Hershey owns a smaller chocolate company called Dagoba. Dagoba has a range of chocolate products and some of these products (like the Conacado and Milagros chocolate bars) are made using Fair Trade Certified™ cocoa. However, the rest of both Hersheys’ and Dagobas’ product lines are not Fair Trade. Regardless of whether Dagoba has one certified bar, Hershey needs to have in place a strong system for ensuring that all of their cocoa for all of their products is produced by farmers who can support their families and that violations of international labor rights standards are not occurring in their supply chains. 

Fair Trade is a niche market.

Fair Trade is about making sure that cocoa farmers can support their families, institute strong labor and environmental standards and continue to make a living growing cocoa. Far from just a niche in the market, Fair Trade is much closer to how business should operate across the board. More and more consumers are demanding this type of trading relationship from the companies they support. Fair Trade continues to grow despite the economic downturn. As Cadbury’s recent commitments show, Fair Trade Certified™ cocoa makes sense even for the most popular chocolate products.
Hershey is addressing child labor through the Harkin-Engel Protocol and programs funded through the World Cocoa Foundation and International Cocoa Initiative

The process initiated through the Harkin-Engel Protocol does not include a set of standards to be applied to cocoa production. It has not eliminated the worst forms of child labor or trafficked labor. Reports by a research team contracted by the US Department of Labor to investigate the implementation of the Harkin-Engel Protocol have labeled the “certification” program established by the Protocol a “misnomer” and have detailed the continued use of the worst forms of child labor, especially in Cote d’Ivoire. Both this process as well as programs funded through the World Cocoa Foundation and International Cocoa Initiative are not a replacement for taking responsibility for a company’s cocoa supply and instituting labor and environmental standards through a third-party system. Consumers need to know that a strong process is in place to protect workers and the environment. Fair Trade certification is an important step in that direction. For more information, please see ILRF’s most recent cocoa report here:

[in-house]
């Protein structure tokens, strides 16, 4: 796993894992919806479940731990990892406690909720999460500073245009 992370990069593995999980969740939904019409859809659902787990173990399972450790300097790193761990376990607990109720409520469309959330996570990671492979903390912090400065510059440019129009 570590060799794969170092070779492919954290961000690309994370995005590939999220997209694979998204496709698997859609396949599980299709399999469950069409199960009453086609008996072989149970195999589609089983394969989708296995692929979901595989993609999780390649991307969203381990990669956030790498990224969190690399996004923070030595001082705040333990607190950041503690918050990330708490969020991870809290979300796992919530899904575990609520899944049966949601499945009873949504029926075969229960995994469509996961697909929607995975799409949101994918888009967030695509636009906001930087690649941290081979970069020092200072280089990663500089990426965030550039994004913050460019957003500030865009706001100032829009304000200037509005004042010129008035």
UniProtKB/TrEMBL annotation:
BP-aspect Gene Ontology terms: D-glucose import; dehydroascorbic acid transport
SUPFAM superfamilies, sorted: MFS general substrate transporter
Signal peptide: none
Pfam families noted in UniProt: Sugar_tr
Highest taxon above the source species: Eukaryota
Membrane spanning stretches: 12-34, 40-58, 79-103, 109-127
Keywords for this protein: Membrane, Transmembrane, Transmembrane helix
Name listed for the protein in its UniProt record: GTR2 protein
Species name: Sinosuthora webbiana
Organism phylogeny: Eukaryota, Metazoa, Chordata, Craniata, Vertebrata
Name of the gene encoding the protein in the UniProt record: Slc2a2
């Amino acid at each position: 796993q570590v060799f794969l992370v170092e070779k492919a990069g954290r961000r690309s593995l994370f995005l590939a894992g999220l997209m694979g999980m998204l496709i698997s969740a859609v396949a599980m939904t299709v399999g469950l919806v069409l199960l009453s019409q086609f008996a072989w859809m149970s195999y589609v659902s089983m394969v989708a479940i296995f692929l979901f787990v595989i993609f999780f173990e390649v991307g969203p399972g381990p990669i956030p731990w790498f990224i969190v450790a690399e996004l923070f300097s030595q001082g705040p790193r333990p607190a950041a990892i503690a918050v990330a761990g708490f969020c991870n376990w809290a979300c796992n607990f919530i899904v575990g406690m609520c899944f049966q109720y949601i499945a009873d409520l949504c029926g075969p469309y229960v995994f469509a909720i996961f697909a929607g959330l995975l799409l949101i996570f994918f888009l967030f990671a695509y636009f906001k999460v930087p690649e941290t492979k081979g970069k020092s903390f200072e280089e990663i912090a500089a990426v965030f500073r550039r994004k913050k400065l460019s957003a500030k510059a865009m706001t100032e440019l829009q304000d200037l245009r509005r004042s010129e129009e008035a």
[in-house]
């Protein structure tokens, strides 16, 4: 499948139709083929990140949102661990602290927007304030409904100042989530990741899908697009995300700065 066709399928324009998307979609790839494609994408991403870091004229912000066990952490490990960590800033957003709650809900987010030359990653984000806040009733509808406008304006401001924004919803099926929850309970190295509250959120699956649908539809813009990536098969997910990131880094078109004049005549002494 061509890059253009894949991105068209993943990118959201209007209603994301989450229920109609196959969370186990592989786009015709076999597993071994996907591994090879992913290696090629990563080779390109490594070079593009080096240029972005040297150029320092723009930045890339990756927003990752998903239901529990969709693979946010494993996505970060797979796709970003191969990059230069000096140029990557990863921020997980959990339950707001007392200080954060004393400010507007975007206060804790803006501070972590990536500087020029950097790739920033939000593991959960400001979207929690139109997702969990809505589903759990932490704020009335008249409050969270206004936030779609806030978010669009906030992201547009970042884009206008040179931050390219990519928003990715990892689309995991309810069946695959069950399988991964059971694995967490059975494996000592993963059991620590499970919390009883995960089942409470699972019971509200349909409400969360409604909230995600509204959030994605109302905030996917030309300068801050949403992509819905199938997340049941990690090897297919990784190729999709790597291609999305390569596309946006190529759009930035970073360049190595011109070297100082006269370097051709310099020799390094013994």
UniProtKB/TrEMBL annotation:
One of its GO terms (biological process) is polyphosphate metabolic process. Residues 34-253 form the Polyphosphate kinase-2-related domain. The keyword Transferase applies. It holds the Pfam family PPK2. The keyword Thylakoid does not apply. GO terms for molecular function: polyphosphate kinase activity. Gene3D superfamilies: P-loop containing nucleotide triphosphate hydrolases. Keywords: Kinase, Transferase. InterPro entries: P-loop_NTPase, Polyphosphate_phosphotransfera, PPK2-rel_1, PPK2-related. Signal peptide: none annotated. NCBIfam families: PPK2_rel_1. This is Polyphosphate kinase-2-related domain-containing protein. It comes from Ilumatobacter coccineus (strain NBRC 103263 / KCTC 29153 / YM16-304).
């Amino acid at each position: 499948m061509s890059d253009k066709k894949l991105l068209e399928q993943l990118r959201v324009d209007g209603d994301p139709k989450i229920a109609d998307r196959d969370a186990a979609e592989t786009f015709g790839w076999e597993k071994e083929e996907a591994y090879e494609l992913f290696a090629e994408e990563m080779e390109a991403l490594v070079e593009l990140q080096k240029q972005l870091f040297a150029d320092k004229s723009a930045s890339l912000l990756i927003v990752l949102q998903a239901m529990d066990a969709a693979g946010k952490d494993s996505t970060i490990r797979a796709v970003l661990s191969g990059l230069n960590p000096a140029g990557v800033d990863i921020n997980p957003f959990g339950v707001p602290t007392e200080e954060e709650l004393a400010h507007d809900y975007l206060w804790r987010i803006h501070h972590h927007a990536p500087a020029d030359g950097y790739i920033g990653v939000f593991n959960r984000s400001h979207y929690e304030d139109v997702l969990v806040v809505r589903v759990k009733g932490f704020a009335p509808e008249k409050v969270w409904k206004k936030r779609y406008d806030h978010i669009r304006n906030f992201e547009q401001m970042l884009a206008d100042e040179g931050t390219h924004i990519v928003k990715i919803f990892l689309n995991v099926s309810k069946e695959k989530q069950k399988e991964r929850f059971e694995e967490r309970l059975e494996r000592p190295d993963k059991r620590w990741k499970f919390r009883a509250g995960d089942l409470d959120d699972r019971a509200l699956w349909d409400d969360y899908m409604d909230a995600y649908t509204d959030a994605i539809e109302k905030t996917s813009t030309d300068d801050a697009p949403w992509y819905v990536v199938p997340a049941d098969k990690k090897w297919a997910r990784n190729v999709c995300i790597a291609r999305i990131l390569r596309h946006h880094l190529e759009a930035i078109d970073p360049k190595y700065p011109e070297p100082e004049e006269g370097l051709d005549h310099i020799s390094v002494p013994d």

Fair Trade does not guarantee that child labor is not used.

No certification system can provide a 100-percent guarantee, but the elements of Fair Trade standards work together to lead to improvement in farmers’ lives and reductions in labor rights abuses like the worst forms of child labor. Fair Trade standards prohibit the worst forms of child labor and forced labor and include a monitoring system. The additional components such as the price premium and the democratic cooperative structure also help to contribute to higher labor standards on Fair Trade Certified™ farms. The increased transparency in Fair Trade supply chains helps companies to develop closer relationships with farmers and to work with them on improving living and working conditions. Fair Trade cooperatives are inspected annually. 

It is impossible to monitor our cocoa supply chain.

Major chocolate companies and competitors of Hershey like Mars, Kraft and Cadbury have all agreed to certification programs that include labor standards and are transparent at least to the cooperative level. These companies are showing that it is indeed possible to track and monitor a large company’s cocoa supply chain. Smaller companies like Divine Chocolate, Equal Exchange and Sweet Earth Organic Chocolates have been practicing a higher standard of transparency and partnership with farmers for years. 

Popular Hershey Products

Ice Breaker
Hershey’s Chocolate
Take 5
Cacao Reserve
Kit Kat
Almond Joy
Jolly Rancher
Mr. Goodbar
Mauna Loa
5 th Avenue
Pot of Gold
Hershey’s Sticks
Milk Duds
Good & Plenty
Bubble Yum


One thought on “Action Alert: Pressure Hershey’s to use Fair Trade Chocolate and STOP using Child Labour

  1. Nishita says:

    I am a chocolate lover but not at the expense of child labor. Sad to know that such a major chocolate manufacturer is dithering over this issue